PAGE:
Creative Conversations: A Q&A With Kelly Pollock, Executive Director Of COCA In St. Louis

 In Culture, Sponsored

St. Louis’ COCA—or Center Of Creative Arts—has been a staple of the visual and performing arts education community in St. Louis since its founding more than 30 years ago, in 1986. The organization’s primary mission, to enrich lives and build community through the arts, has been further aided and elevated by executive director Kelly Pollock. Pollock has been with the organization for 19 years, and signed on as executive director in 2010.

When she started with COCA almost two decades ago, the nonprofit had a staff of 12 and an annual operating budget of $1.5 million. The organization has since grown to encompass 40 staff members and an annual operating budget of $5.5 million, with an ambitious $40 million capital campaign goal to fund an expansion of their space in University City. “There’s been definite growth by the numbers, no doubt, but we’ve also matured as an organization,” says Pollock. Keep reading for our full conversation with Pollock, as we get inside the mind of this formidable leader in art nonprofits.

Arts education isn’t always valued for its ability to produce practical results. How do you address that cultural mythology?
I think most people come to think of arts education as developing technical skills in the arts—how to dance, how to sing—which we absolutely do. But it’s more than that. The value of arts education and the creative process is also about developing the skills that are most in demand in today’s workforce—creativity, critical thinking, collaboration and ingenuity. Also, we shouldn’t underestimate the practical value of inspiration and engagement. We’ve seen that time and time again—that spark in young people when they find their passion. It’s life-transforming.

How have you seen COCA’s mission crystallize over the years?
Throughout COCA’s history, we’ve been focused on making sure our arts programs are of the highest quality possible, but also making sure those opportunities are accessible to all people. That dual focus on quality and accessibility has led to a lot of growth. Right now, we are focused on continuing to expand access through our capital campaign.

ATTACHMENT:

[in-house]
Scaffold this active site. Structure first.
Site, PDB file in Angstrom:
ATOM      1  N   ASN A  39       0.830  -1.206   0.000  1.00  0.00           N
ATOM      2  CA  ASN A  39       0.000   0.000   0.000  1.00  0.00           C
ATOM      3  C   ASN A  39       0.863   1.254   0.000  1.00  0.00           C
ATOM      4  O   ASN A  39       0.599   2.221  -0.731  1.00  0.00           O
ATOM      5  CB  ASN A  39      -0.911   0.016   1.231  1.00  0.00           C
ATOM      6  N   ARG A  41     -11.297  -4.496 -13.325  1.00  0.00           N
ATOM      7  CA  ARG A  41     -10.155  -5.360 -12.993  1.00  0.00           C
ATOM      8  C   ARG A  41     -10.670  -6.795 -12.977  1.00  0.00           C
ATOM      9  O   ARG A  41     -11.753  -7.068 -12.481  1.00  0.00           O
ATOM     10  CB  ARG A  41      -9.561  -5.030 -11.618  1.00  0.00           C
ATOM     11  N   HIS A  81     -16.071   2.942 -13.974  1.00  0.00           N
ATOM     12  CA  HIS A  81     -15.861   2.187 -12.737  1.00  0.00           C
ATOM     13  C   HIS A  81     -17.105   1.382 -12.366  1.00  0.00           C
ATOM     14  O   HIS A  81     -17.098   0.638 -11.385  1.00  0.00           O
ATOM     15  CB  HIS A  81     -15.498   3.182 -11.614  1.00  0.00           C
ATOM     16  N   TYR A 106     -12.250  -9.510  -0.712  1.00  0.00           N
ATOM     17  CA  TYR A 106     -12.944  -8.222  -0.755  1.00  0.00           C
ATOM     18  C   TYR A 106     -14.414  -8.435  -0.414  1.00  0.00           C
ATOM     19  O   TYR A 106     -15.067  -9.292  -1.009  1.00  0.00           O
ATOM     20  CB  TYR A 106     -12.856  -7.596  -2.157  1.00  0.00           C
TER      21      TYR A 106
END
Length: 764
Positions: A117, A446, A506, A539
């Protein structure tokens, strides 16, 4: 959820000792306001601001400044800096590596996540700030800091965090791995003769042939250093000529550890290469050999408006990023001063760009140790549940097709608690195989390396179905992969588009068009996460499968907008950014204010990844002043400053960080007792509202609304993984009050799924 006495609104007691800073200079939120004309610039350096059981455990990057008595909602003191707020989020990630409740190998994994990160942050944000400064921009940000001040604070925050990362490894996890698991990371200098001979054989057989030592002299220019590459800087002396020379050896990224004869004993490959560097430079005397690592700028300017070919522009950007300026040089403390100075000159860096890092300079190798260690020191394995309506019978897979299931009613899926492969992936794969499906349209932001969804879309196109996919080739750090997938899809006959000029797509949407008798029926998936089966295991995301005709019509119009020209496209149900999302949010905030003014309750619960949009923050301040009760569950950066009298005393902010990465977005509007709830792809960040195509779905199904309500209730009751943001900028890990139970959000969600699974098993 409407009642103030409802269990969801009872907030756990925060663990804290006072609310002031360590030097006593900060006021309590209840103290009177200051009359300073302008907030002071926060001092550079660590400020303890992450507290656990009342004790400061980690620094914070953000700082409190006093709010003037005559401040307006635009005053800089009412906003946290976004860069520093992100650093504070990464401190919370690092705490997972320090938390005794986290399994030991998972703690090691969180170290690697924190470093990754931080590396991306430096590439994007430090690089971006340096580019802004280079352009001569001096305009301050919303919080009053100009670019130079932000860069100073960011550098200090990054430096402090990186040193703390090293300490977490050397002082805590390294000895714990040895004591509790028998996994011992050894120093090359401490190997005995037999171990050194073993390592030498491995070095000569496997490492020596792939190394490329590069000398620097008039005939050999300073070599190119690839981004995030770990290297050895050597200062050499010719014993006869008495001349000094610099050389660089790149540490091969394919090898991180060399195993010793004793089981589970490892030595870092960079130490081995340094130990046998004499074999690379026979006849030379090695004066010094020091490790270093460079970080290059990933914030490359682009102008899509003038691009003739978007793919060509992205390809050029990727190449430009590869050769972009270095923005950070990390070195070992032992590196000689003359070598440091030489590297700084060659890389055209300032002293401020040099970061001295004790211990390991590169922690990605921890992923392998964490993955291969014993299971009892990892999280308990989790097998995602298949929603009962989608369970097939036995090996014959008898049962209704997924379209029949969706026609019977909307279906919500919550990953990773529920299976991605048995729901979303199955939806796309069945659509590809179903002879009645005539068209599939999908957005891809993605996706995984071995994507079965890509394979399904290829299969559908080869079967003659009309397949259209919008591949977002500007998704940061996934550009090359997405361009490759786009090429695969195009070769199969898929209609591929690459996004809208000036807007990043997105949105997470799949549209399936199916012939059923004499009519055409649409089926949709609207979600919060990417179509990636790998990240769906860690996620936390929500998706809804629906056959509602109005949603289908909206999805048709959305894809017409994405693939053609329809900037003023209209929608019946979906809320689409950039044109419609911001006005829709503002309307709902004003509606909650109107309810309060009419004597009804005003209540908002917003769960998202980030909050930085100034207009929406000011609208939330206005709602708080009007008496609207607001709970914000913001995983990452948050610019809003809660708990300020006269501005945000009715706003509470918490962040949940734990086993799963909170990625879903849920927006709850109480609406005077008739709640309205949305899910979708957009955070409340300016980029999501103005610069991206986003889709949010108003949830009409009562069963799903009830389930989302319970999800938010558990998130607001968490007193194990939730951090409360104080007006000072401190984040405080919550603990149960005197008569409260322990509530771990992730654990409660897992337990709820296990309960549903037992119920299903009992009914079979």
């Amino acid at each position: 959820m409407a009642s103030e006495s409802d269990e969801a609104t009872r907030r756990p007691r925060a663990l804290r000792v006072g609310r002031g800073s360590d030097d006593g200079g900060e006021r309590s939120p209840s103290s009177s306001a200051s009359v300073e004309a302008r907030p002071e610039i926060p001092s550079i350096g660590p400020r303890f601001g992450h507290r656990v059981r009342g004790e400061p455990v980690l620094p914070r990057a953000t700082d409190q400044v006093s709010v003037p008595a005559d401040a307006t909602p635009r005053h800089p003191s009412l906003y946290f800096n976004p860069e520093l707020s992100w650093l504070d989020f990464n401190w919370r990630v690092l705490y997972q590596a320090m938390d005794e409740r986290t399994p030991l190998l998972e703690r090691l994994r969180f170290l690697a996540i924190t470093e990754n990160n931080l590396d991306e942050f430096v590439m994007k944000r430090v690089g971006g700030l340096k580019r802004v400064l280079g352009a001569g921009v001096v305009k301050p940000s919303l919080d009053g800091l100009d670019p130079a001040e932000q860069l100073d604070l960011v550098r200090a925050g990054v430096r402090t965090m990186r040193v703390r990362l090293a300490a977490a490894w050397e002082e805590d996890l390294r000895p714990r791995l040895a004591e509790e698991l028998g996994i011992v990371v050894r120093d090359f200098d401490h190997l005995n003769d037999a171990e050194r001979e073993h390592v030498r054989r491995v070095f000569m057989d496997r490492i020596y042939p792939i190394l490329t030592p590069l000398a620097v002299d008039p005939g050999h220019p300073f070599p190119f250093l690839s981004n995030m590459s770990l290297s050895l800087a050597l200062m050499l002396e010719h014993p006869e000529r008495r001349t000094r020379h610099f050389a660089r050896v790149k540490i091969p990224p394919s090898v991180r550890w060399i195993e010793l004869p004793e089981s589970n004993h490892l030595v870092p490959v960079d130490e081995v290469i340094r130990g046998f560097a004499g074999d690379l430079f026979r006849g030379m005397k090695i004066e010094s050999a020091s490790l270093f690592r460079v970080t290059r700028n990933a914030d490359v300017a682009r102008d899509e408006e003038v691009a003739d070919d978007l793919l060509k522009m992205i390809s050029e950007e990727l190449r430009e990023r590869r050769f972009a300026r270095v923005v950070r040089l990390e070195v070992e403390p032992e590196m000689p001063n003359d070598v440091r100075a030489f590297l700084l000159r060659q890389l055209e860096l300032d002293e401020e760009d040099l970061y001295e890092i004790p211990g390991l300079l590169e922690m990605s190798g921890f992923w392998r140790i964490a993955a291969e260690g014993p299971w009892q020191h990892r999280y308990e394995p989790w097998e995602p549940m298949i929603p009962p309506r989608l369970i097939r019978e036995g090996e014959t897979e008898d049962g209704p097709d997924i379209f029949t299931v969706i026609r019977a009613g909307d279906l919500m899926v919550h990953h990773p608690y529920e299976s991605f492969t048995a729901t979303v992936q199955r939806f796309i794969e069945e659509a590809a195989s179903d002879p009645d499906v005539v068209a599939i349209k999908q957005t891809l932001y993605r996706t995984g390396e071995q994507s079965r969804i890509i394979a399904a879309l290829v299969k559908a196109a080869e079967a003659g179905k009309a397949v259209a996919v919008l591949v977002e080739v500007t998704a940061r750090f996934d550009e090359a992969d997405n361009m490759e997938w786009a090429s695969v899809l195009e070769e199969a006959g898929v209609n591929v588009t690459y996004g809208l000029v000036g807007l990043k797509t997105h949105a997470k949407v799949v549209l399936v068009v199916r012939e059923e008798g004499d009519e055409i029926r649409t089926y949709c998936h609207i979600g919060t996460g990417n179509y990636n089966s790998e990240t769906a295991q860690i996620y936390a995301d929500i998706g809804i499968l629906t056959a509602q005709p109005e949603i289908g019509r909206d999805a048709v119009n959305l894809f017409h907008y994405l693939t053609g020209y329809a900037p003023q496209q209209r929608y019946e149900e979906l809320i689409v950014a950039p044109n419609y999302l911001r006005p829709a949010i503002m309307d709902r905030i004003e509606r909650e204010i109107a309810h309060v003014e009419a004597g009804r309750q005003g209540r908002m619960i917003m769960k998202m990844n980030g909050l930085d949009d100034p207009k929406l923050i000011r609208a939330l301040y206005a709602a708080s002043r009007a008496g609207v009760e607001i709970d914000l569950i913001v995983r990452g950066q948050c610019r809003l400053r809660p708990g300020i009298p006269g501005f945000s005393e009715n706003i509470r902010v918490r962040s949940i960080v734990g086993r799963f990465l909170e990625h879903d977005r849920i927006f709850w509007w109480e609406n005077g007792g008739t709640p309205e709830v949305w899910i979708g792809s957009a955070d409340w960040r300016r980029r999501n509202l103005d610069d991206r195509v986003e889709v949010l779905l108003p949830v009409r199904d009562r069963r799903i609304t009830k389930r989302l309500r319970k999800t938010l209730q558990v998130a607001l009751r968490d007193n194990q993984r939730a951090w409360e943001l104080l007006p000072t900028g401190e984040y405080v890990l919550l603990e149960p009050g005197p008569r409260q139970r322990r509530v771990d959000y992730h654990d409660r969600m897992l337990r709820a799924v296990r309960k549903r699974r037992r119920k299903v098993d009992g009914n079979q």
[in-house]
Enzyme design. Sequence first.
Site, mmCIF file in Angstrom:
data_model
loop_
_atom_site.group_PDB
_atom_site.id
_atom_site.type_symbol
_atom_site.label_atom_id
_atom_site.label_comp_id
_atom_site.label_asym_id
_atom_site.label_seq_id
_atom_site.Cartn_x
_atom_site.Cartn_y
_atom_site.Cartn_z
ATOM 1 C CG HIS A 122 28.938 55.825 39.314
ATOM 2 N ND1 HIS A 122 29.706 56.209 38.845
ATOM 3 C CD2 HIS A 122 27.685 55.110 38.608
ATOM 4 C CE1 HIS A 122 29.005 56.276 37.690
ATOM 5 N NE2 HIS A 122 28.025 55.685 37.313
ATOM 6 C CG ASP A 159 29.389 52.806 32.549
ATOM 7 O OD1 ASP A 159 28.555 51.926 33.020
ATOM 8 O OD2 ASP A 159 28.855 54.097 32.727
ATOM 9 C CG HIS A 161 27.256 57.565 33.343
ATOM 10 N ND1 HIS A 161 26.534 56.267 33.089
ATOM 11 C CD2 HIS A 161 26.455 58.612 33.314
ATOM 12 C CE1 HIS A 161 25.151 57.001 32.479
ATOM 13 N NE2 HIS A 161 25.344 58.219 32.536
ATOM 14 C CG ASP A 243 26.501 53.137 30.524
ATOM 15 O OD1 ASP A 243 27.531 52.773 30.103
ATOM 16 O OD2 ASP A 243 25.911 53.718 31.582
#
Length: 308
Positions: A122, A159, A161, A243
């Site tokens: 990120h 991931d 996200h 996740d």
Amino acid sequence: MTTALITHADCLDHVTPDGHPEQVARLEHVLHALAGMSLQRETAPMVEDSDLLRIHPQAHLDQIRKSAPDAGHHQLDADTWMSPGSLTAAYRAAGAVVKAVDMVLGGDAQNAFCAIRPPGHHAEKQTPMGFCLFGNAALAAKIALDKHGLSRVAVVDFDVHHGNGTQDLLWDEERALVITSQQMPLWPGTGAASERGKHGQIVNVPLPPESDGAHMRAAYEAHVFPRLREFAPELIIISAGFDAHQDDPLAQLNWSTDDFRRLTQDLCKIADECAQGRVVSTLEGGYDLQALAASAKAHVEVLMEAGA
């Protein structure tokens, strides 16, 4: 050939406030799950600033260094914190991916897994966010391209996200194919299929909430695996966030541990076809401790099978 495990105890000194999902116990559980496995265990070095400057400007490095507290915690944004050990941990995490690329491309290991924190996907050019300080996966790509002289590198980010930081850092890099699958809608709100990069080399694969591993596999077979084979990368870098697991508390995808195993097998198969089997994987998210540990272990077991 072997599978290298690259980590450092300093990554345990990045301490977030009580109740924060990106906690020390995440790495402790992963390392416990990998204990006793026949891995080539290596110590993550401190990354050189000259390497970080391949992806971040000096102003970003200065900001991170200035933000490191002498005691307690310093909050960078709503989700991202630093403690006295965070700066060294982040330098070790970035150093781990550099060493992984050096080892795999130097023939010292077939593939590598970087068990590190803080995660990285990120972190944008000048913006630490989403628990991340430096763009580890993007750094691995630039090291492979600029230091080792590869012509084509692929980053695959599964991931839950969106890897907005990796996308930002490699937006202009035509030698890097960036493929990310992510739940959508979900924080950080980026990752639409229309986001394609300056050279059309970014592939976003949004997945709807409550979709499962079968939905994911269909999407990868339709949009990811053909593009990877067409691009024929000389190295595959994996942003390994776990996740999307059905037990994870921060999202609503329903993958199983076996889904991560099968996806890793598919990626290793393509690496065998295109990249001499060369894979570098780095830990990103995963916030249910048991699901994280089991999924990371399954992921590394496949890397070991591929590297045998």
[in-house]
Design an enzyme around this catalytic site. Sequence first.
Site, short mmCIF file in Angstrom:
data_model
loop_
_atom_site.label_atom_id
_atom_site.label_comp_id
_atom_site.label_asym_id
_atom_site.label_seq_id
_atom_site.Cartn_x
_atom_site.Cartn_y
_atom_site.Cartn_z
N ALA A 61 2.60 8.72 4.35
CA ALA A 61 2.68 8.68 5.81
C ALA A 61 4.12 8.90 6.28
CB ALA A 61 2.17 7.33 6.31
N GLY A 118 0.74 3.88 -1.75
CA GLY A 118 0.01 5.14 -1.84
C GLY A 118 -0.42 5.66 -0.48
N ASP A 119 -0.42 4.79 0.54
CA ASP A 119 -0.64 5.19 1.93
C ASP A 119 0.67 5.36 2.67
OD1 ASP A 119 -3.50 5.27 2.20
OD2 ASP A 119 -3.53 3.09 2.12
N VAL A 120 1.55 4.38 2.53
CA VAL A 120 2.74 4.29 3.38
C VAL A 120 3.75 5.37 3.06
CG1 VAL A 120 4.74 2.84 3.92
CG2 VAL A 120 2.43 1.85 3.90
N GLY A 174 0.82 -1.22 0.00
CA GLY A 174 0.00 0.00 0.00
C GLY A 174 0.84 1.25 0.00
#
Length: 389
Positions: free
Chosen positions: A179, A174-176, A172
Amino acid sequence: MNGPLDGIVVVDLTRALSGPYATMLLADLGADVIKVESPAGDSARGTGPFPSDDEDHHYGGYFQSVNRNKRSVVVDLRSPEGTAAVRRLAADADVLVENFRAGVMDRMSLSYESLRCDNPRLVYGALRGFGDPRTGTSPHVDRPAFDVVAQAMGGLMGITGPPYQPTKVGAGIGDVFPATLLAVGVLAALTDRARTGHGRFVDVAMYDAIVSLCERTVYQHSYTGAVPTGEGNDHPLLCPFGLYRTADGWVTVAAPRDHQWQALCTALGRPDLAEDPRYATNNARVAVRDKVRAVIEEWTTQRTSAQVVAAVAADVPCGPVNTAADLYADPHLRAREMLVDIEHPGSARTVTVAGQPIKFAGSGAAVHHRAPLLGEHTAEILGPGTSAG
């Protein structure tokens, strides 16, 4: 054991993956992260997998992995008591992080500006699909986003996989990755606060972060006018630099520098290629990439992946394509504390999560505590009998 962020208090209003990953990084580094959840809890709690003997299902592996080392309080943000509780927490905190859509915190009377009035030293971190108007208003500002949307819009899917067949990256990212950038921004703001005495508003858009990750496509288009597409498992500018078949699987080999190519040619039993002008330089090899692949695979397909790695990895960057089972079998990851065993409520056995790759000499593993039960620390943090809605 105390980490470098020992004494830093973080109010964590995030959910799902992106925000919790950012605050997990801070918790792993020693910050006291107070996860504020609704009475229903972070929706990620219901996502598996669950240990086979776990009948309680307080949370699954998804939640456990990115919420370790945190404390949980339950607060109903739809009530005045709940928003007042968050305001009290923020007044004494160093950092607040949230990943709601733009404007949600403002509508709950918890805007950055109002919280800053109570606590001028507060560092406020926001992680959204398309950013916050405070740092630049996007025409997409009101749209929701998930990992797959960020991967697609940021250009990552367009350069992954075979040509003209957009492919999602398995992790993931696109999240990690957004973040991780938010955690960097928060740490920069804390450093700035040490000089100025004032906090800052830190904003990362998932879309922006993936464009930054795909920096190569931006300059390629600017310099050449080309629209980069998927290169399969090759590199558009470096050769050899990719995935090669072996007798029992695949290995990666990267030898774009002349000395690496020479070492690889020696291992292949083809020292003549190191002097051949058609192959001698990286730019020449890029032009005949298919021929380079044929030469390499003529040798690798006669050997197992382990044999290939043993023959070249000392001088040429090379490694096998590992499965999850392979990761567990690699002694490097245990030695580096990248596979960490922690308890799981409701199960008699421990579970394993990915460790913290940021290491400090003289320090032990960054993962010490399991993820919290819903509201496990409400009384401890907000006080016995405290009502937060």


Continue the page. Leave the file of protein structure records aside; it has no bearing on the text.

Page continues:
COCA has been a very dynamic organization over the years, and very progressive. It’s kept me very engaged, challenged and excited about our vision and what it means for the St. Louis community. We’re focused on building a better St. Louis that is inclusive.



What brought about the capital campaign?
There are two main reasons we have embarked on this effort: one is the sheer need for physical space, as we have grown. Arts education demands space. And the other is answering the question of how we evolve and stay relevant, while making sure we’re meeting the needs of the community. How do we meet that growing demand of students who need and want access to our programs? How do we address sustainability so that we have the resources—the finances, people and space—to ensure that we’ll be a stable organization that has legs for the long term? For us to be a welcoming place for social dialogue and creative engagement for our community, our physical presence matters.

COCA has allowed itself and its offerings to be informed by St. Louis and its culture in a really beautiful way. What is the relationship between COCA and St. Louis?